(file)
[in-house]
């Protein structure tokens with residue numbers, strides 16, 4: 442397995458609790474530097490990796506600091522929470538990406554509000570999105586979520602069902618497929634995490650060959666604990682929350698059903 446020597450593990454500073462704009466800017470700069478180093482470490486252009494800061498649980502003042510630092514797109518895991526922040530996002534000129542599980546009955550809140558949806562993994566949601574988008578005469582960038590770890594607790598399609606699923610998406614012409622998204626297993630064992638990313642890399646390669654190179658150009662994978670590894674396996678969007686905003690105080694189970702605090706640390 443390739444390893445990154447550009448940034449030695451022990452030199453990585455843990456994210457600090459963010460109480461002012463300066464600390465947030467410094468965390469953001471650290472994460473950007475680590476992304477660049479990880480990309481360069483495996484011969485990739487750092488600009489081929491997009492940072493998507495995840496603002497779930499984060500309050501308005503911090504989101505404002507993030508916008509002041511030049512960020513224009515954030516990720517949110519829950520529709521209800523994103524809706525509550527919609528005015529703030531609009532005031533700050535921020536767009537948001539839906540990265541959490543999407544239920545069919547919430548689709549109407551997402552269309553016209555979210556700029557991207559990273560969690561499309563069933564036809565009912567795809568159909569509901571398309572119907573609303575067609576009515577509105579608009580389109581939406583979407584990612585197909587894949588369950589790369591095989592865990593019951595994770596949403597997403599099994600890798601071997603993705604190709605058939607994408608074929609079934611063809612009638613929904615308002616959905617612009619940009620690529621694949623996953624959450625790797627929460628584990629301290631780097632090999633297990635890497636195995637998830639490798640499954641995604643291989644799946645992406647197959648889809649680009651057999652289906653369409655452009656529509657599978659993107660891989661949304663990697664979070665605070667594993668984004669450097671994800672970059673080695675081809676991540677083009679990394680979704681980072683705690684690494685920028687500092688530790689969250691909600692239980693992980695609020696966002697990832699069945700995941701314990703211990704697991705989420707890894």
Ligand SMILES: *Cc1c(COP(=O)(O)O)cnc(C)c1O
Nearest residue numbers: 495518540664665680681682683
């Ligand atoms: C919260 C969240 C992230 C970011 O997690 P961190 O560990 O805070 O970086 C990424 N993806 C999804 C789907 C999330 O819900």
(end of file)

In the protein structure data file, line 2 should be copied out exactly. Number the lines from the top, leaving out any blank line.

């Protein structure tokens with residue numbers, strides 16, 4: 442397995458609790474530097490990796506600091522929470538990406554509000570999105586979520602069902618497929634995490650060959666604990682929350698059903 446020597450593990454500073462704009466800017470700069478180093482470490486252009494800061498649980502003042510630092514797109518895991526922040530996002534000129542599980546009955550809140558949806562993994566949601574988008578005469582960038590770890594607790598399609606699923610998406614012409622998204626297993630064992638990313642890399646390669654190179658150009662994978670590894674396996678969007686905003690105080694189970702605090706640390 443390739444390893445990154447550009448940034449030695451022990452030199453990585455843990456994210457600090459963010460109480461002012463300066464600390465947030467410094468965390469953001471650290472994460473950007475680590476992304477660049479990880480990309481360069483495996484011969485990739487750092488600009489081929491997009492940072493998507495995840496603002497779930499984060500309050501308005503911090504989101505404002507993030508916008509002041511030049512960020513224009515954030516990720517949110519829950520529709521209800523994103524809706525509550527919609528005015529703030531609009532005031533700050535921020536767009537948001539839906540990265541959490543999407544239920545069919547919430548689709549109407551997402552269309553016209555979210556700029557991207559990273560969690561499309563069933564036809565009912567795809568159909569509901571398309572119907573609303575067609576009515577509105579608009580389109581939406583979407584990612585197909587894949588369950589790369591095989592865990593019951595994770596949403597997403599099994600890798601071997603993705604190709605058939607994408608074929609079934611063809612009638613929904615308002616959905617612009619940009620690529621694949623996953624959450625790797627929460628584990629301290631780097632090999633297990635890497636195995637998830639490798640499954641995604643291989644799946645992406647197959648889809649680009651057999652289906653369409655452009656529509657599978659993107660891989661949304663990697664979070665605070667594993668984004669450097671994800672970059673080695675081809676991540677083009679990394680979704681980072683705690684690494685920028687500092688530790689969250691909600692239980693992980695609020696966002697990832699069945700995941701314990703211990704697991705989420707890894």